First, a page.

Volcano Costs To Airlines Reach $1.7 Billion, Some Carriers In Jeapordy

The cost of the Iceland volcanic eruption to airlines has reached $1.7 billion and it has risen at a rate of $400 million from April 17 to 19 period. Some of Europe’s largest airlines may be in line for government bailouts soon. The International Air Transport Association which has over 230 member carriers says that the event has had some very minor benefits including a $110 million less per day fuel cost savings.

But, the fuel savings will do little to help airlines which have experienced huge losses over the last two years and suffer from ballooning pension obligations. British Airways is first among these. If  the carrier’s financial situation deteriorates further, it could jeopardize its merger with Iberia.

Giovanni Bisignani, IATA’s Director General and CEO said “For an industry that lost $9.4 billion last year and was forecast to lose a further $2.8 billion in 2010, this crisis is devastating. It is hitting hardest where the carriers are in the most difficult financial situation. Europe’s carriers were already expected to lose $2.2 billion this year—the largest in the industry.”

The liquidity issues could eventually force bankruptcies and M&A to increase in an industry where these events are already commonplace. UAL (NASDAQ: UAUA) has recently had merger discussions with Continental (NYSE: LLC). Each of the airlines has extensive operations to Europe. While the cost of the disruption is not known, most airlines run on razor-thin margins. Continental made only $1 million in operating income on $3.2 billion in revenue in its most recently reported quarter.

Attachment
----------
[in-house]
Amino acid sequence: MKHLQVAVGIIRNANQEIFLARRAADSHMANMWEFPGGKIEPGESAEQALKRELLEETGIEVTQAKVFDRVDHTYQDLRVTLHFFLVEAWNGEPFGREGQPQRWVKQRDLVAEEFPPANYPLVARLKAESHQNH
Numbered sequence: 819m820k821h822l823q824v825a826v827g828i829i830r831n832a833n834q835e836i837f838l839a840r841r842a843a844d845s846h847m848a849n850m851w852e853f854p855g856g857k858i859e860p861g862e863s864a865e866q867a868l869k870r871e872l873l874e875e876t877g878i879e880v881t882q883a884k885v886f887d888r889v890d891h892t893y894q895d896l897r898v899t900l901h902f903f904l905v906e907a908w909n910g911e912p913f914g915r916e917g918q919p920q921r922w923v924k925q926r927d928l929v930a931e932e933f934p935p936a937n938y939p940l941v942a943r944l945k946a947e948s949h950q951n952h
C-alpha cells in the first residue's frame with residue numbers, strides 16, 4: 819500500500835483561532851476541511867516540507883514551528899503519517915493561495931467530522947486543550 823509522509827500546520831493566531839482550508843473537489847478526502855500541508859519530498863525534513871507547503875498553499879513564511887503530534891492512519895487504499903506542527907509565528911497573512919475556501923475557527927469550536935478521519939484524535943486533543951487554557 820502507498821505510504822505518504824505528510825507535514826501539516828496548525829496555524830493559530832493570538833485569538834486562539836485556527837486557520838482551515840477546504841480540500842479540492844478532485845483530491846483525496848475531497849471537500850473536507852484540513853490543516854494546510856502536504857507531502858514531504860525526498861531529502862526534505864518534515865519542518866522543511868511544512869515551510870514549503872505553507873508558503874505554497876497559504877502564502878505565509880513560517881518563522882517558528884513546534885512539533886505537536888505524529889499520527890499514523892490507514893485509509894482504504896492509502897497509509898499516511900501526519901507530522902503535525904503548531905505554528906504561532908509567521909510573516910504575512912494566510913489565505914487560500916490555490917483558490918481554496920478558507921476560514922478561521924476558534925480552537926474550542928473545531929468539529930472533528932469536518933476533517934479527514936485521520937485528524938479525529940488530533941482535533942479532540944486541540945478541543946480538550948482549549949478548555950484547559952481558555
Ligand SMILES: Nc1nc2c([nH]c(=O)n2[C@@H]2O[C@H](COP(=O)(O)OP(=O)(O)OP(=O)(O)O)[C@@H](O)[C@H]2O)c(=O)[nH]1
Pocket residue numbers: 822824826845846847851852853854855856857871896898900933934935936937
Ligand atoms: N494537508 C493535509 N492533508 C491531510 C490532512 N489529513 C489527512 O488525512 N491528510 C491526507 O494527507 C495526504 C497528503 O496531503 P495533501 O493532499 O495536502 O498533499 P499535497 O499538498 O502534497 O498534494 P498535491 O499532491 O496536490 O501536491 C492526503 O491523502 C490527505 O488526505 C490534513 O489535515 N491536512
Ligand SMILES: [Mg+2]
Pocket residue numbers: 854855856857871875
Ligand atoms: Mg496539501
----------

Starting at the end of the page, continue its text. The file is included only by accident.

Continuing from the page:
The airlines most at risk for deep financial problems are Irish operator Ryanair, which carried 57 million passengers last year, Air France, which carried 32.5 million, and Lufthansa, which carried 42.1 million. Each has its major hub at the center of the cloud of volcanic ash. The Iceland volcano is still erupting and it is unclear when airlines will be able to resume their normal schedules. It is not hard to imagine a major European flag carrier going into Chapter 11. Swissair effectively did that in 2002.

There is no accurate estimate of how long the financially troubled carriers like BA will keep their heads above water, but it cannot be much more than a month or two, at least not without government help. Now that banks are back on their feet, national governments have money to spare.

Douglas A. McIntyre

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